By Audrey Couloumbis
Elvira’s worried about her Elvis-impersonator Daddy’s defection to participate in a contest out there in L.A. He said he was leaving, he said Elvira should take care of things—he didn’t say a word about coming back. He didn’t look like Daddy when he said it. He looked like Elvis. A familiar stranger, disturbing as that was.
Since he’s gone, it looks like her middle-aged (old), heavily pregnant mother may never get out of the recliner. The eight-year-old sister, who is acting like she’s three again, may never grow up, and obviously will always be Elvira’s responsibility.
When Mom’s sister calls and says their mother is dying, both of them being people Elvira doesn’t know and has heard very little about, Mom takes them on an unexpected road trip. And when they arrive, unexpected takes on a whole new meaning. Elvis impersonator? It seems Elvira’s parents’ oddities are the new normal.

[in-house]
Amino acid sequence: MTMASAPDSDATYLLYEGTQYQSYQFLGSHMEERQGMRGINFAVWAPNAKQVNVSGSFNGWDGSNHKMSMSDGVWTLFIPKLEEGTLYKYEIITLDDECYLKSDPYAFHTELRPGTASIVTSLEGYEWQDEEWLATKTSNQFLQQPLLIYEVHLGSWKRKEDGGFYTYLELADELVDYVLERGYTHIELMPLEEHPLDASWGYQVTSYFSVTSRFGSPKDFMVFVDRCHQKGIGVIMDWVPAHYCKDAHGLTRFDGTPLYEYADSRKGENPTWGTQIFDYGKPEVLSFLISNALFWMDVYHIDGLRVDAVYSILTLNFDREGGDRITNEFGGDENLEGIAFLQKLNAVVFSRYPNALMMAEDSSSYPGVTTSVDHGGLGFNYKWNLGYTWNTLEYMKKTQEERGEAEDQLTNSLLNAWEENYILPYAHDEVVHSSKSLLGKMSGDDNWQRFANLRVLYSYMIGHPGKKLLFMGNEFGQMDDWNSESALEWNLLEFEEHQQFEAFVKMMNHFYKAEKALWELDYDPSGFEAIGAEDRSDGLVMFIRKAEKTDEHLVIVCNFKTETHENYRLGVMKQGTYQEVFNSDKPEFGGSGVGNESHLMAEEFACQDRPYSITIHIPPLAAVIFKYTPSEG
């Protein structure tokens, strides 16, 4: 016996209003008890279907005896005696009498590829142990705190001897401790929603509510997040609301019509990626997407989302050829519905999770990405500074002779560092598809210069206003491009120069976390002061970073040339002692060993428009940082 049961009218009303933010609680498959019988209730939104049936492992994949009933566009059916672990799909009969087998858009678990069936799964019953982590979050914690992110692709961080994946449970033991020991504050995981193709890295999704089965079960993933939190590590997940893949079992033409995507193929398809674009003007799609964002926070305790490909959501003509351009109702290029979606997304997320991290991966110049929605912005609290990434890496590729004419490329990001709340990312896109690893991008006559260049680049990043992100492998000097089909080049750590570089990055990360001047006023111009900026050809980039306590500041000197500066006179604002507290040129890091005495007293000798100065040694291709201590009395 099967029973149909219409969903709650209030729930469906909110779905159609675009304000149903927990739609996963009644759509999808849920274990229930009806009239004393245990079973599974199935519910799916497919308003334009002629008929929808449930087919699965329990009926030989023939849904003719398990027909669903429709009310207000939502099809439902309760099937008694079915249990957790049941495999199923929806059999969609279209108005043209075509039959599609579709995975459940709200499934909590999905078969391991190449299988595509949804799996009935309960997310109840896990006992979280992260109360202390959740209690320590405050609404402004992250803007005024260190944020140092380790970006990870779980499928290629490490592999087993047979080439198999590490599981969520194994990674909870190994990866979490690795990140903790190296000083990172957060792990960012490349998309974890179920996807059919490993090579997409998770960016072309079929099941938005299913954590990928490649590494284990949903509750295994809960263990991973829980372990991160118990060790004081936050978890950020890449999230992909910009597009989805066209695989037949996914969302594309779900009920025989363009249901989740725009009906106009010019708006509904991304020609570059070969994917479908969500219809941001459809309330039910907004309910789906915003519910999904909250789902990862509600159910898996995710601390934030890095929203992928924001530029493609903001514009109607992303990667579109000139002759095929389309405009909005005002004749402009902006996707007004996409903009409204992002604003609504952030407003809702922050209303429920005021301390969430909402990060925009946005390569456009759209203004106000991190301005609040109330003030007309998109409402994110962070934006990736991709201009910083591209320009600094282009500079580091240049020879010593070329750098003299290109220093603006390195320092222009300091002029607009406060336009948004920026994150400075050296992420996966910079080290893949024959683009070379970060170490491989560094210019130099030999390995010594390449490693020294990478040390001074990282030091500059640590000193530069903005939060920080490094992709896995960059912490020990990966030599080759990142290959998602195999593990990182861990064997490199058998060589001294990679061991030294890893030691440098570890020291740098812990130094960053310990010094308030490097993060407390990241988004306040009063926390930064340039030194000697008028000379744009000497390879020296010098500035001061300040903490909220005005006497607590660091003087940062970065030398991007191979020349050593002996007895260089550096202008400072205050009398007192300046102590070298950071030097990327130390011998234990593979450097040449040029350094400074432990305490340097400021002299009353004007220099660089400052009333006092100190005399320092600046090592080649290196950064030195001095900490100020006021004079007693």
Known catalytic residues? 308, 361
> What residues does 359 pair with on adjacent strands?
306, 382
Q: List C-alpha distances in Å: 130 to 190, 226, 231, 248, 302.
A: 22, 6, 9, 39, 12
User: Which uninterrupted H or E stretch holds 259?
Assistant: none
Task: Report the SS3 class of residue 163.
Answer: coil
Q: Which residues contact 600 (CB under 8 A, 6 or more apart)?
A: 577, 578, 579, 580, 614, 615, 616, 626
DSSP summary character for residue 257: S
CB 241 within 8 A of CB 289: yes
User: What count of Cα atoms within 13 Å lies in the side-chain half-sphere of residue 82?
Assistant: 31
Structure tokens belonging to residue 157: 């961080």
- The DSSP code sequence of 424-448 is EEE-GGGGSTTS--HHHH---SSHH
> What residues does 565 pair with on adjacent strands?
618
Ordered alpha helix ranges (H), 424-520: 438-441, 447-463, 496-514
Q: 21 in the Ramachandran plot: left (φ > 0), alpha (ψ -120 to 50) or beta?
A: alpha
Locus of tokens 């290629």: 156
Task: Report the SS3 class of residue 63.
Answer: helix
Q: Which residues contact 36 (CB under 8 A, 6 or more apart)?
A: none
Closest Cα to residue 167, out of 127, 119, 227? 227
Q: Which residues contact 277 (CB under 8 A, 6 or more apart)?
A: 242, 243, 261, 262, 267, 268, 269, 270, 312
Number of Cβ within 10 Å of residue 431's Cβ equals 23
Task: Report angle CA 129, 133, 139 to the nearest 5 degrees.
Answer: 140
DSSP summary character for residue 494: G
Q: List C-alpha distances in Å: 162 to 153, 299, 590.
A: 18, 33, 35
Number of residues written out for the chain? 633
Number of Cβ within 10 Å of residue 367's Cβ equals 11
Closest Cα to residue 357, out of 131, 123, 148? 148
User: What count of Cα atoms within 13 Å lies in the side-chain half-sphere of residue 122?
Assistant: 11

“Tart characterizations, lively dialogue and Elvira’s frank narration keep this perceptive novel both credible and buoyant.” –Publishers Weekly, starred review
“Couloumbis is at the top of her form here as she constructs believable, complex characters and sets them in dynamic relationships with one another.” –Bulletin of the Center for Children’s Books
“Couloumbis’s rich, realistic dialogue between mothers, daughters and sisters will induce both laughter and sniffles in middle-grade fans of Kimberly Willis Holt and Catherine Murdock. As sweetly sappy and touching as the song it’s named for.” —Kirkus